I mean, I have been accused of enough stuff. I'm expecting any day to be indicted in Arkansas for the kidnapping of the Lindbergh Baby and the disappearance of Jimmy Hoffa. I mean, you just have to understand that the climate that we worked in.
But you know what? If half the stuff that is being thrown now were true, I would be an inmate somewhere with a number across my chest.
COLMES: What about issues like 43,000 for lieutenant governor's campaign for use of — from your 1994 lieutenant governor campaign for use of a personal airplane; 14,000, your wife has claimed to have received from a 1992 U.S. Senate campaign. Are these valid?
HUCKABEE: Well, let me give you — let me give you — no, let me tell you what happened on the airplane thing. We mortgaged our home, took out a second mortgage in order to use an airplane so that we could save a whole lot more money than it would cost to have chartered. The 43,000 was not profit. We didn't get a dime of it. We actually lost money. That was the reimbursement for the pilot and the fuel expenses for the airplane that was clearly spelled out.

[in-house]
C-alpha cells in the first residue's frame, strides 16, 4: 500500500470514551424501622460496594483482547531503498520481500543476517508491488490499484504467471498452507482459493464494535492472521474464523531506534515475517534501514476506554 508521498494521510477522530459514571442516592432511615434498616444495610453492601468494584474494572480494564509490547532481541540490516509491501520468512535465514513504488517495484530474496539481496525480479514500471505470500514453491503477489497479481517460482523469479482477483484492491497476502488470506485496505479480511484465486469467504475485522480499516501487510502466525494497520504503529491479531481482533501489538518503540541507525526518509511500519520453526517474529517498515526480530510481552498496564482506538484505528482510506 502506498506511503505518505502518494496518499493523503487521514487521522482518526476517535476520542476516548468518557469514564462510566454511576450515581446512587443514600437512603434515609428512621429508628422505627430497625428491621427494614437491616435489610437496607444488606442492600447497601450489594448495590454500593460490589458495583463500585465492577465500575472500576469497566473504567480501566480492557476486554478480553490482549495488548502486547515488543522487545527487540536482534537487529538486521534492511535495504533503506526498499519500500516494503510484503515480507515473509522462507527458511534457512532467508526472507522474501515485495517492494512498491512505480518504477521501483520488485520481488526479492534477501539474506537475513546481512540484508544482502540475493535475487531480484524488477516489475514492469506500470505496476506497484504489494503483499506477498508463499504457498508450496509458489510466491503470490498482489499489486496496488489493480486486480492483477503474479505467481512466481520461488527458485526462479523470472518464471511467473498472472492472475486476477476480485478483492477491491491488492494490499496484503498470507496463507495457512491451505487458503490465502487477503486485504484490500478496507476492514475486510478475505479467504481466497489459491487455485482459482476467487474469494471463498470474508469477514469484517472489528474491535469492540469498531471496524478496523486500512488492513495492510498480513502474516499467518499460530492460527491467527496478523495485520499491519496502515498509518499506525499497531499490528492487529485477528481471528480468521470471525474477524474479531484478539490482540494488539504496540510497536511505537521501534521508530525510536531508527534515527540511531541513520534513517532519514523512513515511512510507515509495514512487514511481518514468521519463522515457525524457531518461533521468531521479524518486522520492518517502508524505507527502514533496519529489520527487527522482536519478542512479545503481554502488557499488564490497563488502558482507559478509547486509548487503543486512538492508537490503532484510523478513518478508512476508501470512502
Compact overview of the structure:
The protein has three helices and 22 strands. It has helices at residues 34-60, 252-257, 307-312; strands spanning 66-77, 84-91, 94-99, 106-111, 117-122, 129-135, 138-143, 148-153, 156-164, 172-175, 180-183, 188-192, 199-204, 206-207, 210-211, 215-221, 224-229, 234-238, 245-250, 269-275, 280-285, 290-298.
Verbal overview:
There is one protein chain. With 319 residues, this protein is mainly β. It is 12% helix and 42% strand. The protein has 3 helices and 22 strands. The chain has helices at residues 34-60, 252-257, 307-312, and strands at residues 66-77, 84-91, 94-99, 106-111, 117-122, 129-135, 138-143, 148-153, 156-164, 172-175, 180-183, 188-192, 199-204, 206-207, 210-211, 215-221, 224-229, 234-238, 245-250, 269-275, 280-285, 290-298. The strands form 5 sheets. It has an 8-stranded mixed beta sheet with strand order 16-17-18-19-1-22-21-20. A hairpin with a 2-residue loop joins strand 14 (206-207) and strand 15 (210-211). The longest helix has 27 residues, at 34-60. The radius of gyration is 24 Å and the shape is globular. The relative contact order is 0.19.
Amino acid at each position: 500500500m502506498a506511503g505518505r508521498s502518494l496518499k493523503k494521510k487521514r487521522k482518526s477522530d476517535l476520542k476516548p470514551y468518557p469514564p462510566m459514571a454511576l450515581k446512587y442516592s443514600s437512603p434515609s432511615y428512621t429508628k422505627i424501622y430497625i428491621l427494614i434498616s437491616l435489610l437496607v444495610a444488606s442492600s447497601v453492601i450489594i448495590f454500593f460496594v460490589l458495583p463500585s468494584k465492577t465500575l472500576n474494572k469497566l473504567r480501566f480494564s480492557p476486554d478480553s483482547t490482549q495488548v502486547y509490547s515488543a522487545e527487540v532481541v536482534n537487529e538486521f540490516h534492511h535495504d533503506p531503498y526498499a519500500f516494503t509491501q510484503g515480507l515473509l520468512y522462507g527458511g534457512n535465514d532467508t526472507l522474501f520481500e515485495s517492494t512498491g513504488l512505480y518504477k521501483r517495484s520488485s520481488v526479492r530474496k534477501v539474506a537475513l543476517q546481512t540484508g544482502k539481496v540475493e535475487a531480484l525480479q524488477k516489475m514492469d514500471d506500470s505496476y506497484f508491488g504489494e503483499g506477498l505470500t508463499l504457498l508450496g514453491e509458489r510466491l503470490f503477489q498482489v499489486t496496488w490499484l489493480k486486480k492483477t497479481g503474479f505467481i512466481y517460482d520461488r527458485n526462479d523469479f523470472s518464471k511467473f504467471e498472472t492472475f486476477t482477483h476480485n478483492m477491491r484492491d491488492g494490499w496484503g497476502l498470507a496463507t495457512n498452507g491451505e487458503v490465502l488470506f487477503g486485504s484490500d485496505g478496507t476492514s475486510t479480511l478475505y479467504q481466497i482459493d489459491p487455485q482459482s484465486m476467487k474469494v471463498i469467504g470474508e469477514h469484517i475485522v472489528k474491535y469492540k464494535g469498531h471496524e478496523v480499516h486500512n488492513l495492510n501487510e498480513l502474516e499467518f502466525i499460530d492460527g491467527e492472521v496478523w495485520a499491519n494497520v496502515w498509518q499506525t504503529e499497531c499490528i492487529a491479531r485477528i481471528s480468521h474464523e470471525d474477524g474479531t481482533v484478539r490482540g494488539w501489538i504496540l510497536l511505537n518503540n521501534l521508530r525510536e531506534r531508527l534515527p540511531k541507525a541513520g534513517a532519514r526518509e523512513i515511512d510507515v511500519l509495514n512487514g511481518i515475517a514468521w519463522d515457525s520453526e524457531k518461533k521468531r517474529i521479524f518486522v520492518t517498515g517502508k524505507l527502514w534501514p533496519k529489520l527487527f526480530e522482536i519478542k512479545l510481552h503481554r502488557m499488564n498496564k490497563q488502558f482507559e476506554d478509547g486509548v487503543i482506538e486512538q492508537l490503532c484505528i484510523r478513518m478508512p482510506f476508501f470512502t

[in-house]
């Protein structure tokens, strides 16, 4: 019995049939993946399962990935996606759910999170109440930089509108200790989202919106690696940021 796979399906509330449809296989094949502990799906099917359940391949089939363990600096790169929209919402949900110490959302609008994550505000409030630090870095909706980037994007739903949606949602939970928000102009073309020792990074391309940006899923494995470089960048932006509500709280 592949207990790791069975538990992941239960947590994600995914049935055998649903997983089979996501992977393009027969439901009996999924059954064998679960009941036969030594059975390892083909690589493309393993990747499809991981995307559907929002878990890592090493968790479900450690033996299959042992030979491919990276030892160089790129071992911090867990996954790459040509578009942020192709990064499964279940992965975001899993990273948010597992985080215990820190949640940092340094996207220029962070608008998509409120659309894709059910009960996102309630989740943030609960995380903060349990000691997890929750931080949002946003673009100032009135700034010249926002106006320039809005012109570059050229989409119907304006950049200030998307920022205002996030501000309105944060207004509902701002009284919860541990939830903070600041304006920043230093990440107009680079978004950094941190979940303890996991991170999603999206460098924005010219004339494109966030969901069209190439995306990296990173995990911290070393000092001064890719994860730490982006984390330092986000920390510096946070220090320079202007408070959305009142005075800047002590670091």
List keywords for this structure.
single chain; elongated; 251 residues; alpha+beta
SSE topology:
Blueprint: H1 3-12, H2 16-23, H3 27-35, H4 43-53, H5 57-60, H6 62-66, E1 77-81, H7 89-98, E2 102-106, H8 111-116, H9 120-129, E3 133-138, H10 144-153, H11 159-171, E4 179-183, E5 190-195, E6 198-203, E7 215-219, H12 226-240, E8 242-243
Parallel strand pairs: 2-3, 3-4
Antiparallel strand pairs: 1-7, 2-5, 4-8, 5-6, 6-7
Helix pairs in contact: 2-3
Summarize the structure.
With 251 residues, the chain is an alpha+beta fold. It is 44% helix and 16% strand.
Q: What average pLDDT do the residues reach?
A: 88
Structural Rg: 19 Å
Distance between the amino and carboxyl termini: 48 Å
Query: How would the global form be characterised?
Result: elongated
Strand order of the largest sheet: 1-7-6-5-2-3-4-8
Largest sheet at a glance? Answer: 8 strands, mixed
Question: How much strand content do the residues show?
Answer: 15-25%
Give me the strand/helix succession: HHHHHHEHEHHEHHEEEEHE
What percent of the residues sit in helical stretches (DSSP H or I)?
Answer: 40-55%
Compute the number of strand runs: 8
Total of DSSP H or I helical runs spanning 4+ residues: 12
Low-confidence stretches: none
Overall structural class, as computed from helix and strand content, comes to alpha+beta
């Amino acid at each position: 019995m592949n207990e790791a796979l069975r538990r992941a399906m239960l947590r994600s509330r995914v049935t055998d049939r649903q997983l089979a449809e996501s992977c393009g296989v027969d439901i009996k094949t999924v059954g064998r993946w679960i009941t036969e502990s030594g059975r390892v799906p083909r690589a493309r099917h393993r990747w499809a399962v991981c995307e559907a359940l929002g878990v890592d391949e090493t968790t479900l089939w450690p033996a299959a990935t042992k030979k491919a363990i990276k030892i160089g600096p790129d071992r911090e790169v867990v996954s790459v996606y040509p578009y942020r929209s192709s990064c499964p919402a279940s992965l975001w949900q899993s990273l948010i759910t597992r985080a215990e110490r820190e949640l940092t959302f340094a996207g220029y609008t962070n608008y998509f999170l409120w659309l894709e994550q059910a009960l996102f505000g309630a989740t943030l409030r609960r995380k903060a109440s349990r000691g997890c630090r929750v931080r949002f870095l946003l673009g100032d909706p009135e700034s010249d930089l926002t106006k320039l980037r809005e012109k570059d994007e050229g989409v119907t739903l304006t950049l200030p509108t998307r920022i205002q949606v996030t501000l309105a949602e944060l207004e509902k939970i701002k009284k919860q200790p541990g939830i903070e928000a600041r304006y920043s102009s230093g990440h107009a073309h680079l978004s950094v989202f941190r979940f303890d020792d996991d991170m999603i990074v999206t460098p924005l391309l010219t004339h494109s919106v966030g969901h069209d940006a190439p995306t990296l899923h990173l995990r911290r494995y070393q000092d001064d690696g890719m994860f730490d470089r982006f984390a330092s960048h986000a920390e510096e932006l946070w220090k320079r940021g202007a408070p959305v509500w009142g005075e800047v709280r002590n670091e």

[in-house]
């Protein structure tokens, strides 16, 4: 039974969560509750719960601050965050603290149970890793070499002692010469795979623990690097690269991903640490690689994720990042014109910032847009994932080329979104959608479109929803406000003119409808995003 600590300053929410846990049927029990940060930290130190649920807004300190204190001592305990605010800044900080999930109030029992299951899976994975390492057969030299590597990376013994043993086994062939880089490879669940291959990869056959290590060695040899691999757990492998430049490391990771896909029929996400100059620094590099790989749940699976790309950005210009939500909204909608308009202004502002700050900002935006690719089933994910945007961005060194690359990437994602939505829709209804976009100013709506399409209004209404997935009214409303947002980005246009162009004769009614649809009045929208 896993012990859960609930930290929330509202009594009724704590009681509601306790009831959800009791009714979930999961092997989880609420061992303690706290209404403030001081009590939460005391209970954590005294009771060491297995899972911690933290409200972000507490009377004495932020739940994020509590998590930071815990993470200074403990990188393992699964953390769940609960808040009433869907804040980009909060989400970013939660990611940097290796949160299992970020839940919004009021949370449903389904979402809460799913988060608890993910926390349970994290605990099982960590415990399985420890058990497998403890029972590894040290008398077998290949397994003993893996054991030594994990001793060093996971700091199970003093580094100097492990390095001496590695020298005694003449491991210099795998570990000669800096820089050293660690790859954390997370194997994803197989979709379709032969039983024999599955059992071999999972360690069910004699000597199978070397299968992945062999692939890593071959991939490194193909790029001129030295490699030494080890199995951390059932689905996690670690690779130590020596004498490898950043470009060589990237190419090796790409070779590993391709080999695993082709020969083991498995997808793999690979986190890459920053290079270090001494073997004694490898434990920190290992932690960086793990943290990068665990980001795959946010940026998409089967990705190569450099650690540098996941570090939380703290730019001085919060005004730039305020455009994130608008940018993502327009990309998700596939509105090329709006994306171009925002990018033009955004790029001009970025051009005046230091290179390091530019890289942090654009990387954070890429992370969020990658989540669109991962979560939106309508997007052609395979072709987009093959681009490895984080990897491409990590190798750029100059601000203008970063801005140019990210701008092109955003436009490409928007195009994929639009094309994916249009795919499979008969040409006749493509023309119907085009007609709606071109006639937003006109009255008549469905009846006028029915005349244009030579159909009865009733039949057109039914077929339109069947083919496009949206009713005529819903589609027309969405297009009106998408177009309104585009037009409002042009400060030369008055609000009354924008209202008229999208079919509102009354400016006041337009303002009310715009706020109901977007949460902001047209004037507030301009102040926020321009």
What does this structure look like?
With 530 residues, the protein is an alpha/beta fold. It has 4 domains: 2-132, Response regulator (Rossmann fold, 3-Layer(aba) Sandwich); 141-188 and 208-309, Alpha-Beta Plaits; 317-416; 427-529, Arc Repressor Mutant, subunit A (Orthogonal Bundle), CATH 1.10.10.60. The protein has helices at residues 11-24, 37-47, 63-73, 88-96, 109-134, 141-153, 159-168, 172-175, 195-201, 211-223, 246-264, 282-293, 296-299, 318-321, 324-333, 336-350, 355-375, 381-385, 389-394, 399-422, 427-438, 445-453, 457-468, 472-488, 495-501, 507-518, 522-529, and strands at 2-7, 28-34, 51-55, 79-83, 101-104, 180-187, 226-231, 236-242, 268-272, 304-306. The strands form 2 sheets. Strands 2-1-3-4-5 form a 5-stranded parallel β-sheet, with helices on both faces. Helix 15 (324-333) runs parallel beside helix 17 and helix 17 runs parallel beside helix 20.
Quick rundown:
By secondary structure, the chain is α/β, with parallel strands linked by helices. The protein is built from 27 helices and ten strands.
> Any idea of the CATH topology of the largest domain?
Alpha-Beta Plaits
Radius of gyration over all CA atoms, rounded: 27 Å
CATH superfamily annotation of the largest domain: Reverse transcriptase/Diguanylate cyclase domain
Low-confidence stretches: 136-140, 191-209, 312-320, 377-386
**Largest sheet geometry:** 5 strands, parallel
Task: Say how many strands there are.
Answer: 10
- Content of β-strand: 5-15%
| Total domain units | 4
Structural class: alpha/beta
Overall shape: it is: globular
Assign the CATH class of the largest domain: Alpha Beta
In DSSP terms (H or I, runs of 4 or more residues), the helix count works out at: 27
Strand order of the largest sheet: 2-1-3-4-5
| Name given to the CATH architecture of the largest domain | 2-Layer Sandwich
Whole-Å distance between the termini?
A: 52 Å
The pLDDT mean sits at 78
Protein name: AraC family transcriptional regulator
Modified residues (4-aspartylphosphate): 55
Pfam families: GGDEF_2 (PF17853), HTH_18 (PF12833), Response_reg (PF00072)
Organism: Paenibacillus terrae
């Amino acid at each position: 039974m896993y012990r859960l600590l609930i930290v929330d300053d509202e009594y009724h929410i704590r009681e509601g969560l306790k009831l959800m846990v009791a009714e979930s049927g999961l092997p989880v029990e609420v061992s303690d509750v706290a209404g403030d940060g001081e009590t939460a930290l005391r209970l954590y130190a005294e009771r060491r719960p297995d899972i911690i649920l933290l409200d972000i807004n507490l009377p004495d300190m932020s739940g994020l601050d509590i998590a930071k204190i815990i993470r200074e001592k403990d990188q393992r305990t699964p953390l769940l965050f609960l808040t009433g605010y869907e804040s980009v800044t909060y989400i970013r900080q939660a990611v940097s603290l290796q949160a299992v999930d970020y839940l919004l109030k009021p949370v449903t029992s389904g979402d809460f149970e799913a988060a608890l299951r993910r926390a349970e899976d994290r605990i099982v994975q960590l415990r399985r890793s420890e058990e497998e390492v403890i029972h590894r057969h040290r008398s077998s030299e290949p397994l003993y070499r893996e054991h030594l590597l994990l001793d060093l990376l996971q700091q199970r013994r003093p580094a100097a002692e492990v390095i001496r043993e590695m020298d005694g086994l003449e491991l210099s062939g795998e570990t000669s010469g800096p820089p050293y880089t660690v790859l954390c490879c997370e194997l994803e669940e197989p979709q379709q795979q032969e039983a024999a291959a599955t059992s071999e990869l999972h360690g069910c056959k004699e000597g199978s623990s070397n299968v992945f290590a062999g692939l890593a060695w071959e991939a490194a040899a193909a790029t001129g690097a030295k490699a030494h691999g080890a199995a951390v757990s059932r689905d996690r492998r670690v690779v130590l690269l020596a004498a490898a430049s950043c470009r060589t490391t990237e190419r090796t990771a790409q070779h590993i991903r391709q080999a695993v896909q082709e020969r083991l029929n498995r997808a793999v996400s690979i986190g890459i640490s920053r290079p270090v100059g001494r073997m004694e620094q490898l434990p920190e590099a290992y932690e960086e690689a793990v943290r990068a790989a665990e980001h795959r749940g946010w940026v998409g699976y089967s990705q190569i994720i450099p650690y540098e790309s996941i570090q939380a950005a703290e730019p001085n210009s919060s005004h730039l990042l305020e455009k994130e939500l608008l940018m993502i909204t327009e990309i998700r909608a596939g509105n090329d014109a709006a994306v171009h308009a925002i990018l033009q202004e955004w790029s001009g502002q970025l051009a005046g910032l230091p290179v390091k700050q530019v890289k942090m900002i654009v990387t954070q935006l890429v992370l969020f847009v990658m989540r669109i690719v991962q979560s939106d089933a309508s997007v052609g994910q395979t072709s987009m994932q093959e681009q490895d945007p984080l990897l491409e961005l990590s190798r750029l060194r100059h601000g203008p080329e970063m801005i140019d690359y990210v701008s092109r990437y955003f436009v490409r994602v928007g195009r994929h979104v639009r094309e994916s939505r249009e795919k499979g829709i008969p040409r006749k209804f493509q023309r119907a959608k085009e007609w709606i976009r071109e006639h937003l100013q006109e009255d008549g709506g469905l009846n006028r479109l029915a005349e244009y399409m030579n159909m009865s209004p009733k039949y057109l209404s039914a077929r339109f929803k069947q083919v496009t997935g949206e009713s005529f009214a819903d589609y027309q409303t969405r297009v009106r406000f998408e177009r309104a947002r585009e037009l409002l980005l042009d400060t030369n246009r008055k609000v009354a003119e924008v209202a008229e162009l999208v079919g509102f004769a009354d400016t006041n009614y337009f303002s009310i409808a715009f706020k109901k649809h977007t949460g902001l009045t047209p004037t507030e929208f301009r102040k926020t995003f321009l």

And you still have people throwing that at us. It's going to be like that throughout the entire presidential process. The good news for me is there is nothing being thrown at me that hadn't been thrown before. But this is like uncooked spaghetti. It just doesn't stick on the wall.
COLMES: All right. Governor, we thank you very much. Actually going to come right back with more Mike Huckabee right after the break.